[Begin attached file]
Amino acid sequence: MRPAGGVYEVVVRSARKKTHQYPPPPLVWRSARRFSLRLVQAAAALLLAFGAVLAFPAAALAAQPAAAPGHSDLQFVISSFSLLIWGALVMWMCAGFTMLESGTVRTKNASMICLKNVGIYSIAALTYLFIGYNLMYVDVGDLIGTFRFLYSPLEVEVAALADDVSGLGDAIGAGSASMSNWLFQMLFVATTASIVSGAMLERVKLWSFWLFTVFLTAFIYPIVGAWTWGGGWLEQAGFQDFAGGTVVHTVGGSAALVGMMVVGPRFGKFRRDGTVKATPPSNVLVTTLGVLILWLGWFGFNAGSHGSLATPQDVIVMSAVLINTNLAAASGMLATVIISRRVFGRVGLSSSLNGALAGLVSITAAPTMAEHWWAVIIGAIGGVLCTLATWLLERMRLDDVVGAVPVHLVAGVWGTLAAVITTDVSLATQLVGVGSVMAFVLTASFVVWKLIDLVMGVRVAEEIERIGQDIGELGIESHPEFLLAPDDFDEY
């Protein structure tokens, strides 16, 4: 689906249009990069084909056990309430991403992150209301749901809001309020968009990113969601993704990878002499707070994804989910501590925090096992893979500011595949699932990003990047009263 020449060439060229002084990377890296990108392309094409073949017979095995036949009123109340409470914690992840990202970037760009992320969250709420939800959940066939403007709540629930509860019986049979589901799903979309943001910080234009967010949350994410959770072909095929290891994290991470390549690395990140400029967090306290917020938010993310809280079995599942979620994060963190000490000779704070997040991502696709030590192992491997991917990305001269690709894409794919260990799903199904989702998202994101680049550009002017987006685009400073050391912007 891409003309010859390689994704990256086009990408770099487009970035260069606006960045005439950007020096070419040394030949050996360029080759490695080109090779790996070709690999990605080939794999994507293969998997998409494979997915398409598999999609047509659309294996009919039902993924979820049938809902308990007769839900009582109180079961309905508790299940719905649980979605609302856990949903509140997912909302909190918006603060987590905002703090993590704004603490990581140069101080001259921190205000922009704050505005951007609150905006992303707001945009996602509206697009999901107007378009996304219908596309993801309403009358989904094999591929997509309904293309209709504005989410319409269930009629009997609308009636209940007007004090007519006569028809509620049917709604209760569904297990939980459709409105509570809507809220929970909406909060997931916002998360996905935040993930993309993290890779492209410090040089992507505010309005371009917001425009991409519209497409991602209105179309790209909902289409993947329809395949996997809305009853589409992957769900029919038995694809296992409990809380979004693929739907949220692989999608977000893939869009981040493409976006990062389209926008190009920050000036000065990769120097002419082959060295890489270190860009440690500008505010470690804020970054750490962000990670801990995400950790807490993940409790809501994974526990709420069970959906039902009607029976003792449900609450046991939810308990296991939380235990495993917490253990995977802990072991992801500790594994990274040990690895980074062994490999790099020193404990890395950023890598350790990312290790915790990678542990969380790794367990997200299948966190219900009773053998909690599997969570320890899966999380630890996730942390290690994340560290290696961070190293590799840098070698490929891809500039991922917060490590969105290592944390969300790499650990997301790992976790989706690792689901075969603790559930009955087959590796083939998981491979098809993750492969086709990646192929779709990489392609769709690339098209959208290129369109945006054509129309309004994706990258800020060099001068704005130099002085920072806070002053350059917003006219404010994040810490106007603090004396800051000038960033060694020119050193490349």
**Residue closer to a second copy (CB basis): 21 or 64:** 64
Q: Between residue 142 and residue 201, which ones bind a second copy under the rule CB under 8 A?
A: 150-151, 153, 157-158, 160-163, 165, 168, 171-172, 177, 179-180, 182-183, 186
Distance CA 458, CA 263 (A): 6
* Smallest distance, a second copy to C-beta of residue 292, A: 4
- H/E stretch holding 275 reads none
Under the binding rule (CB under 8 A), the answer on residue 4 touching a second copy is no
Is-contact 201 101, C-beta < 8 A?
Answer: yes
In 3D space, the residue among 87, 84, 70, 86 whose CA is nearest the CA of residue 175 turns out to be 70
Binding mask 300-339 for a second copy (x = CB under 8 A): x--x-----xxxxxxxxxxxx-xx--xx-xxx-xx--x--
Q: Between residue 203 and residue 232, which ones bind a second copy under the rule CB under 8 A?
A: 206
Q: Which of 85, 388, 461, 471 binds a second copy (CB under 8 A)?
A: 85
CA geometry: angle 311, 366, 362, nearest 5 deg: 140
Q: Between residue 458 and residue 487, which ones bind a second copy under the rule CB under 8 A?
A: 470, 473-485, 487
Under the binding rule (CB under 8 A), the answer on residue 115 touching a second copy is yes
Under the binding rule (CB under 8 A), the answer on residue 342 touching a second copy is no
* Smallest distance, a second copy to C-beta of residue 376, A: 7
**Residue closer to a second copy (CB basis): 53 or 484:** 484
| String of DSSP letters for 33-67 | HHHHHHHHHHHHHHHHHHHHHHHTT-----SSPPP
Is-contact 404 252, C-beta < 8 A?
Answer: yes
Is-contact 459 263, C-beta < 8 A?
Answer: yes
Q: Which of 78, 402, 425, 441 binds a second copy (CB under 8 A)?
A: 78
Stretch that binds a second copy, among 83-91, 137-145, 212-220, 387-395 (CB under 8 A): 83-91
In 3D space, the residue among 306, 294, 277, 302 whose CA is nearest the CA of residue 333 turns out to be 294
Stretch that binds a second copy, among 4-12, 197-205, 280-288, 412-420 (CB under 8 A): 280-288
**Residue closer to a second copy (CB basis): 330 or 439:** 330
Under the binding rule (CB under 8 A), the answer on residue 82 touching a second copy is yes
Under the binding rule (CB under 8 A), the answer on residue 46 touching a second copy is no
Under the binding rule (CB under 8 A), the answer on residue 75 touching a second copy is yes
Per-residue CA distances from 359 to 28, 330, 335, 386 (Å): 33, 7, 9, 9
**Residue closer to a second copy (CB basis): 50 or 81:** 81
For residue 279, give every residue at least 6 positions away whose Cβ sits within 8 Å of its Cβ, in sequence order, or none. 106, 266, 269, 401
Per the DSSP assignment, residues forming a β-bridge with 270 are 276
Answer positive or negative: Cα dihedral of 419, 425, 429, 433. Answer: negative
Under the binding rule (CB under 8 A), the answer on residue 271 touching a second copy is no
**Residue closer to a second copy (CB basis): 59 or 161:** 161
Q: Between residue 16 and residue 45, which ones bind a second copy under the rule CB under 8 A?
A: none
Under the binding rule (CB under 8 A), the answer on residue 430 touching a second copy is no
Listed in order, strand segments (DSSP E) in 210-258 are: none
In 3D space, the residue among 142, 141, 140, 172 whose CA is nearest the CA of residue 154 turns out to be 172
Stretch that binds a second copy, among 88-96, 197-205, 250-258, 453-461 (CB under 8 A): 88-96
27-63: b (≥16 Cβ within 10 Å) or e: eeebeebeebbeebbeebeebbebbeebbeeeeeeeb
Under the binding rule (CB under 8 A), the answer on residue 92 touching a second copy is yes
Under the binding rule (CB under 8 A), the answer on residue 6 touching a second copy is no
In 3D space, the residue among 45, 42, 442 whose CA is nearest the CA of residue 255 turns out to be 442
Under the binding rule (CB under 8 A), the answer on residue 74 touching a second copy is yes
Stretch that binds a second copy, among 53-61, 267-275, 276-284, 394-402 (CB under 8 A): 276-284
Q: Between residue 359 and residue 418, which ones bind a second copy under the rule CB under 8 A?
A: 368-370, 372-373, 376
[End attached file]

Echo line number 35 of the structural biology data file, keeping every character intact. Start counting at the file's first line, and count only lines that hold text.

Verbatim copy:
**Residue closer to a second copy (CB basis): 330 or 439:** 330